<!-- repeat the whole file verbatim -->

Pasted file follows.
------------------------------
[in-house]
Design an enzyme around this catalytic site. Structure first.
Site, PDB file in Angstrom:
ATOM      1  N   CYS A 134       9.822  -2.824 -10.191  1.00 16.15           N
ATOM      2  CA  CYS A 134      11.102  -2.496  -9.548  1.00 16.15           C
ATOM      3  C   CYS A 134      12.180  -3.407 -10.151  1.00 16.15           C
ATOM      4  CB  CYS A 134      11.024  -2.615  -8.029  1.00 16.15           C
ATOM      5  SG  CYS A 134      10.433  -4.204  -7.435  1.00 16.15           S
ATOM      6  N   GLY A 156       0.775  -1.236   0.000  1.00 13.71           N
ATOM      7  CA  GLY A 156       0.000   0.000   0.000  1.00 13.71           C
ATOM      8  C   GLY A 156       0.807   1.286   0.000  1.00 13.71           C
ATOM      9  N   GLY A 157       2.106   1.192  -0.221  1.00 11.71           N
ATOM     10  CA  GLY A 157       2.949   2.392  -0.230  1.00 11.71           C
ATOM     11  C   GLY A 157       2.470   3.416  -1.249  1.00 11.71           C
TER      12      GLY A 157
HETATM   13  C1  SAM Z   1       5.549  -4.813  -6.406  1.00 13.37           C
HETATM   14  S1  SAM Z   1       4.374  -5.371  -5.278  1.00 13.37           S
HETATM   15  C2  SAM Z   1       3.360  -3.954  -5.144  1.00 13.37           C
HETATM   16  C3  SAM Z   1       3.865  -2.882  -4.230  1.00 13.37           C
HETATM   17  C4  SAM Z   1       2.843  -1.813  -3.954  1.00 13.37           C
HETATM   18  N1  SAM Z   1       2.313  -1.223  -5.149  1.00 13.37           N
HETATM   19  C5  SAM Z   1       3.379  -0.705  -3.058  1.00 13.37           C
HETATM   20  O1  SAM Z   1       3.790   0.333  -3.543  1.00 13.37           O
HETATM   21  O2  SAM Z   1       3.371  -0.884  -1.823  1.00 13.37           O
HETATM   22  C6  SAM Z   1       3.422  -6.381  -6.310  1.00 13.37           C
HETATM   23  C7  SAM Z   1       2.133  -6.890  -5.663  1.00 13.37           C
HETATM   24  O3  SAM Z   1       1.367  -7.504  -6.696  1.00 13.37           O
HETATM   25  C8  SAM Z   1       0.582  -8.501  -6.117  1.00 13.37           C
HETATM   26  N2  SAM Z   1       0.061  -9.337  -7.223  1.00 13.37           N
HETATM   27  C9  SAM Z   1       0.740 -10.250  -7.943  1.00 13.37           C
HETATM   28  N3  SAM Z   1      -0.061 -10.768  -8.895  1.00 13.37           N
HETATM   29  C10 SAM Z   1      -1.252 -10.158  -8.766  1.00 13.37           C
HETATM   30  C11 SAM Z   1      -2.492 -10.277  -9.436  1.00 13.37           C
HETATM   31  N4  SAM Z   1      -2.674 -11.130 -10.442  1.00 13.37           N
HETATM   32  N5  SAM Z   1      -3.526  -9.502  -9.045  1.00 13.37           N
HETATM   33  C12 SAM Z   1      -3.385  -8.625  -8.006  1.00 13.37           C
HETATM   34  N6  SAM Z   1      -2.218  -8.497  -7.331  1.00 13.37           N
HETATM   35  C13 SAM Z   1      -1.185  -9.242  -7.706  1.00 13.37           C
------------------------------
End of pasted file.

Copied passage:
[in-house]
Design an enzyme around this catalytic site. Structure first.
Site, PDB file in Angstrom:
ATOM      1  N   CYS A 134       9.822  -2.824 -10.191  1.00 16.15           N
ATOM      2  CA  CYS A 134      11.102  -2.496  -9.548  1.00 16.15           C
ATOM      3  C   CYS A 134      12.180  -3.407 -10.151  1.00 16.15           C
ATOM      4  CB  CYS A 134      11.024  -2.615  -8.029  1.00 16.15           C
ATOM      5  SG  CYS A 134      10.433  -4.204  -7.435  1.00 16.15           S
ATOM      6  N   GLY A 156       0.775  -1.236   0.000  1.00 13.71           N
ATOM      7  CA  GLY A 156       0.000   0.000   0.000  1.00 13.71           C
ATOM      8  C   GLY A 156       0.807   1.286   0.000  1.00 13.71           C
ATOM      9  N   GLY A 157       2.106   1.192  -0.221  1.00 11.71           N
ATOM     10  CA  GLY A 157       2.949   2.392  -0.230  1.00 11.71           C
ATOM     11  C   GLY A 157       2.470   3.416  -1.249  1.00 11.71           C
TER      12      GLY A 157
HETATM   13  C1  SAM Z   1       5.549  -4.813  -6.406  1.00 13.37           C
HETATM   14  S1  SAM Z   1       4.374  -5.371  -5.278  1.00 13.37           S
HETATM   15  C2  SAM Z   1       3.360  -3.954  -5.144  1.00 13.37           C
HETATM   16  C3  SAM Z   1       3.865  -2.882  -4.230  1.00 13.37           C
HETATM   17  C4  SAM Z   1       2.843  -1.813  -3.954  1.00 13.37           C
HETATM   18  N1  SAM Z   1       2.313  -1.223  -5.149  1.00 13.37           N
HETATM   19  C5  SAM Z   1       3.379  -0.705  -3.058  1.00 13.37           C
HETATM   20  O1  SAM Z   1       3.790   0.333  -3.543  1.00 13.37           O
HETATM   21  O2  SAM Z   1       3.371  -0.884  -1.823  1.00 13.37           O
HETATM   22  C6  SAM Z   1       3.422  -6.381  -6.310  1.00 13.37           C
HETATM   23  C7  SAM Z   1       2.133  -6.890  -5.663  1.00 13.37           C
HETATM   24  O3  SAM Z   1       1.367  -7.504  -6.696  1.00 13.37           O
HETATM   25  C8  SAM Z   1       0.582  -8.501  -6.117  1.00 13.37           C
HETATM   26  N2  SAM Z   1       0.061  -9.337  -7.223  1.00 13.37           N
HETATM   27  C9  SAM Z   1       0.740 -10.250  -7.943  1.00 13.37           C
HETATM   28  N3  SAM Z   1      -0.061 -10.768  -8.895  1.00 13.37           N
HETATM   29  C10 SAM Z   1      -1.252 -10.158  -8.766  1.00 13.37           C
HETATM   30  C11 SAM Z   1      -2.492 -10.277  -9.436  1.00 13.37           C
HETATM   31  N4  SAM Z   1      -2.674 -11.130 -10.442  1.00 13.37           N
HETATM   32  N5  SAM Z   1      -3.526  -9.502  -9.045  1.00 13.37           N
HETATM   33  C12 SAM Z   1      -3.385  -8.625  -8.006  1.00 13.37           C
HETATM   34  N6  SAM Z   1      -2.218  -8.497  -7.331  1.00 13.37           N
HETATM   35  C13 SAM Z   1      -1.185  -9.242  -7.706  1.00 13.37           C